Author(s): Chad M. Hoffman, Rodman Linn, Russell A. Parsons, Carolyn Hull Sieg, Judith Winterkamp
Year Published: 2015
Type: Document : Book or Chapter or Journal Article
Recent large and severe outbreaks of native bark beetles have raised concern among the general public and land managers about potential for amplified fire activity in western North America. To date, the majority of studies examining bark beetle outbreaks and subsequent fire severity in the U.S. Rocky Mountains have focused on...
Author(s): Robert A. Andrus, Thomas T. Veblen, Brian J. Harvey, Sarah Hart
Year Published: 2015
Type: Document : Book or Chapter or Journal Article
This document is an assessment of the FS Northern Region's key water resources, tree species, wildlife species, and disturbances, which includes descriptions of the species' current condition, existing stressors, sensitivity to and expected effects of climate changes, and adaptive capacity. 
Author(s): Northern Region Adaptation Partnership
Year Published: 2014
Type: Document : Technical Report or White Paper
The Future Forest Webinar Series facilitated dialogue between scientists and managers about the challenges and opportunities created by the mountain pine beetle (MPB) epidemic. The series consisted of six webinar facilitated by the USFS Rocky Mountain Research Station, the Northern and Rocky Mountain Regions, and the Colorado Forest...
Year Published: 2014
Type: Document : Conference Proceedings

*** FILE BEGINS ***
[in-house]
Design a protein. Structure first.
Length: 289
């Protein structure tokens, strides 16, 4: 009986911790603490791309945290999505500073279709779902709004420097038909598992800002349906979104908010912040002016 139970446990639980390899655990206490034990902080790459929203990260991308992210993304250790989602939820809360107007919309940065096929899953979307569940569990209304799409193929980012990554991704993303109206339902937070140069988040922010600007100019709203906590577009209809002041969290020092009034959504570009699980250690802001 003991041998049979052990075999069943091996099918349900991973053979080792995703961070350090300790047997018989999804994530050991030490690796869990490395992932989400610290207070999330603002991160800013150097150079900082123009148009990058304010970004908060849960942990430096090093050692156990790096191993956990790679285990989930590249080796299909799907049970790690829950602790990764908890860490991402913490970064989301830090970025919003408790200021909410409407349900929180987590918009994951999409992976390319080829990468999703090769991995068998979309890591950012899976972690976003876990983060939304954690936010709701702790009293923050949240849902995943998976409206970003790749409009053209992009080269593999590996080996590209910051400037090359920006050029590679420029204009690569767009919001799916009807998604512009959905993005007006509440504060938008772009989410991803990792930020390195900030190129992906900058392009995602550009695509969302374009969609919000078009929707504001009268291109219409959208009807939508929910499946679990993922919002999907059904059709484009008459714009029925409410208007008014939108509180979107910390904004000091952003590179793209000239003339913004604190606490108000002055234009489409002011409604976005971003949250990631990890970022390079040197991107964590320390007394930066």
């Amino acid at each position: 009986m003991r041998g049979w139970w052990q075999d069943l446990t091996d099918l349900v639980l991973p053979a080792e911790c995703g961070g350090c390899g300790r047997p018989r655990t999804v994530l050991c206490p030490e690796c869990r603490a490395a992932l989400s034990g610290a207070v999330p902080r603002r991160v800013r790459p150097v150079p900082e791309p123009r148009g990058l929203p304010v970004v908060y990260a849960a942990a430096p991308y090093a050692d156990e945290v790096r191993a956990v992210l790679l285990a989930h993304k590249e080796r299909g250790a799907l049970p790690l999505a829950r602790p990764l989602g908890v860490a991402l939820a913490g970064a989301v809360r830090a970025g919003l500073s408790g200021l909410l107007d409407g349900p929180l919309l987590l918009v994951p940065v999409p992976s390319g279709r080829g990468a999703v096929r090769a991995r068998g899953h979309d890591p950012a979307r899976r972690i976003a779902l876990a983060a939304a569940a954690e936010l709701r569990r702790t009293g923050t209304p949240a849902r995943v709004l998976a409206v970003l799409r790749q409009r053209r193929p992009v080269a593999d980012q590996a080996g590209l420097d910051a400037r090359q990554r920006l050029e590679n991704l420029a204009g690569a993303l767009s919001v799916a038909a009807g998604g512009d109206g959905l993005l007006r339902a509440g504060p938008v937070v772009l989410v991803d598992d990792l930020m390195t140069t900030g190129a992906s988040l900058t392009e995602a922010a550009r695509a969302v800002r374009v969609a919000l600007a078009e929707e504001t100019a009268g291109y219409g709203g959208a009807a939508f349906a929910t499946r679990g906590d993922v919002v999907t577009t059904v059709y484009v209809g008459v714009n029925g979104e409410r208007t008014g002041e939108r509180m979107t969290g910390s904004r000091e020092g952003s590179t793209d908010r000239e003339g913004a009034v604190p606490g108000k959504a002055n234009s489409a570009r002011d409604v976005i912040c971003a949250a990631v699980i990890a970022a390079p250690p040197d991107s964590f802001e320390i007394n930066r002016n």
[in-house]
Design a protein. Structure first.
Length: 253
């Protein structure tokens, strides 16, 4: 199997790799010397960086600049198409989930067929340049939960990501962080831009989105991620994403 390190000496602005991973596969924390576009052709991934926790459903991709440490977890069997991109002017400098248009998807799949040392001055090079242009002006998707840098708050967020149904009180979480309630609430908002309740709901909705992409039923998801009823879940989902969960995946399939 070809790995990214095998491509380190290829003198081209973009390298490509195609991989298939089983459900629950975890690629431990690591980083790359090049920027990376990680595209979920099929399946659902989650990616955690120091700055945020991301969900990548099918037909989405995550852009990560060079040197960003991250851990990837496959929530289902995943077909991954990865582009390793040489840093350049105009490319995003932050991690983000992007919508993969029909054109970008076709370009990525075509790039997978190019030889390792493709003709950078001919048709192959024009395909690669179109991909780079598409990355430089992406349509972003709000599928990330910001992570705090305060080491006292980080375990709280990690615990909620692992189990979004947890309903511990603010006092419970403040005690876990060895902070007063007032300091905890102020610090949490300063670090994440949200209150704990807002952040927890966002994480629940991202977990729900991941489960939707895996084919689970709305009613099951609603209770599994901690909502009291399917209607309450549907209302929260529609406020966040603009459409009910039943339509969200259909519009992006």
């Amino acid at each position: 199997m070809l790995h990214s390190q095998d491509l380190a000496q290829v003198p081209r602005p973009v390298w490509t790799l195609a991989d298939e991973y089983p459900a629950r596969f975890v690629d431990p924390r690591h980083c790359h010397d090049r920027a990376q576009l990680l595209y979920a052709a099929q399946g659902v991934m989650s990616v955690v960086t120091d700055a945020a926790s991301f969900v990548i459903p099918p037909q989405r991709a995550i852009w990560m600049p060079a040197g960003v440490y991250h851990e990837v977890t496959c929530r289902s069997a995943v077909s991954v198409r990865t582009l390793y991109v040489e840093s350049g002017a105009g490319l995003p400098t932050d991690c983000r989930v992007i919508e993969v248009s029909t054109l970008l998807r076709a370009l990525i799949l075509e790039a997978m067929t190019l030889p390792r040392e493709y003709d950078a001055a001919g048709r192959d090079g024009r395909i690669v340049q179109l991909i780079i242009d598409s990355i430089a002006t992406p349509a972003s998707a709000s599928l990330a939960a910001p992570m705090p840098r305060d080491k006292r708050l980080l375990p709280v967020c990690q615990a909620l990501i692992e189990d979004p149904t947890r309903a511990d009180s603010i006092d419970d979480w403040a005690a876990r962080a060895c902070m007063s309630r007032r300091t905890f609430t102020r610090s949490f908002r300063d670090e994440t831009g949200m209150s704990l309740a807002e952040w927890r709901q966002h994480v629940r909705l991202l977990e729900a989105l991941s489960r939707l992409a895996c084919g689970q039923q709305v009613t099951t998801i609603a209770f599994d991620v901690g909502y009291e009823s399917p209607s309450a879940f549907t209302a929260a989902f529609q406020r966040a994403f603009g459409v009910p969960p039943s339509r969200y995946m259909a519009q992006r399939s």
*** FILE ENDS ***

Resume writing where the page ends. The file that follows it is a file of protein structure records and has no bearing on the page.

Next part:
The degree to which recent bark beetle (Dendroctonus ponderosae) outbreaks may influence fire severity and postfire tree regeneration is of heightened interest to resource managers throughout western North America, but empirical data on actual fire effects are lacking. Outcomes may depend on burning conditions (i.e., weather during...
Author(s): Brian J. Harvey, Daniel C. Donato, William H. Romme, Monica G. Turner
Year Published: 2014
Type: Document : Book or Chapter or Journal Article
Citizens, government officials, and natural resource managers are greatly concerned about potential impacts of the mountain pine beetle (MPB) epidemic on fire hazards and risk. Some mountain towns are surrounded by dead and dying trees. In the Rocky Mountain Region of the Forest Service, the MPB epidemic threatens over 250,000 acres...
Author(s): Russell A. Parsons, William Matt Jolly, Paul G. Langowski, Megan Matonis, I. Sue Miller
Year Published: 2014
Type: Document : Conference Proceedings
While the use of timber harvests is generally accepted as an effective approach to controlling bark beetles during outbreaks, in reality there has been a dearth of monitoring to assess outcomes, and failures are often not reported. Additionally, few studies have focused on how these treatments affect forest structure and function...
Author(s): Diana L. Six, Eric Biber, Elisabeth Long
Year Published: 2014
Type: Document : Book or Chapter or Journal Article, Synthesis